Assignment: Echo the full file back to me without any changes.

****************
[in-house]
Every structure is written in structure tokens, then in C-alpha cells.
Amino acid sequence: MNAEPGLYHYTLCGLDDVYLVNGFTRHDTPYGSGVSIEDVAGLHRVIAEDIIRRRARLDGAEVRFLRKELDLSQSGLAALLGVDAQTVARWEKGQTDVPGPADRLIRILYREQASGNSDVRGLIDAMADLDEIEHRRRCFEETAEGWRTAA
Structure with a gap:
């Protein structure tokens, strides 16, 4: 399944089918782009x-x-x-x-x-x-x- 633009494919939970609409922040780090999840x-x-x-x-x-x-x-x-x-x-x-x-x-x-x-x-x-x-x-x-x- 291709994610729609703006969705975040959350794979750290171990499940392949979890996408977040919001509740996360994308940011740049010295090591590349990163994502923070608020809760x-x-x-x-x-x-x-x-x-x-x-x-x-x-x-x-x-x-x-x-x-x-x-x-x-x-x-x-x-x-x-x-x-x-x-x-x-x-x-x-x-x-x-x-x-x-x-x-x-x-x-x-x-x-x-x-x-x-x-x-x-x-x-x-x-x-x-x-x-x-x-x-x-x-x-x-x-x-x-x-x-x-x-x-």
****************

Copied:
[in-house]
Every structure is written in structure tokens, then in C-alpha cells.
Amino acid sequence: MNAEPGLYHYTLCGLDDVYLVNGFTRHDTPYGSGVSIEDVAGLHRVIAEDIIRRRARLDGAEVRFLRKELDLSQSGLAALLGVDAQTVARWEKGQTDVPGPADRLIRILYREQASGNSDVRGLIDAMADLDEIEHRRRCFEETAEGWRTAA
Structure with a gap:
């Protein structure tokens, strides 16, 4: 399944089918782009x-x-x-x-x-x-x- 633009494919939970609409922040780090999840x-x-x-x-x-x-x-x-x-x-x-x-x-x-x-x-x-x-x-x-x- 291709994610729609703006969705975040959350794979750290171990499940392949979890996408977040919001509740996360994308940011740049010295090591590349990163994502923070608020809760x-x-x-x-x-x-x-x-x-x-x-x-x-x-x-x-x-x-x-x-x-x-x-x-x-x-x-x-x-x-x-x-x-x-x-x-x-x-x-x-x-x-x-x-x-x-x-x-x-x-x-x-x-x-x-x-x-x-x-x-x-x-x-x-x-x-x-x-x-x-x-x-x-x-x-x-x-x-x-x-x-x-x-x-």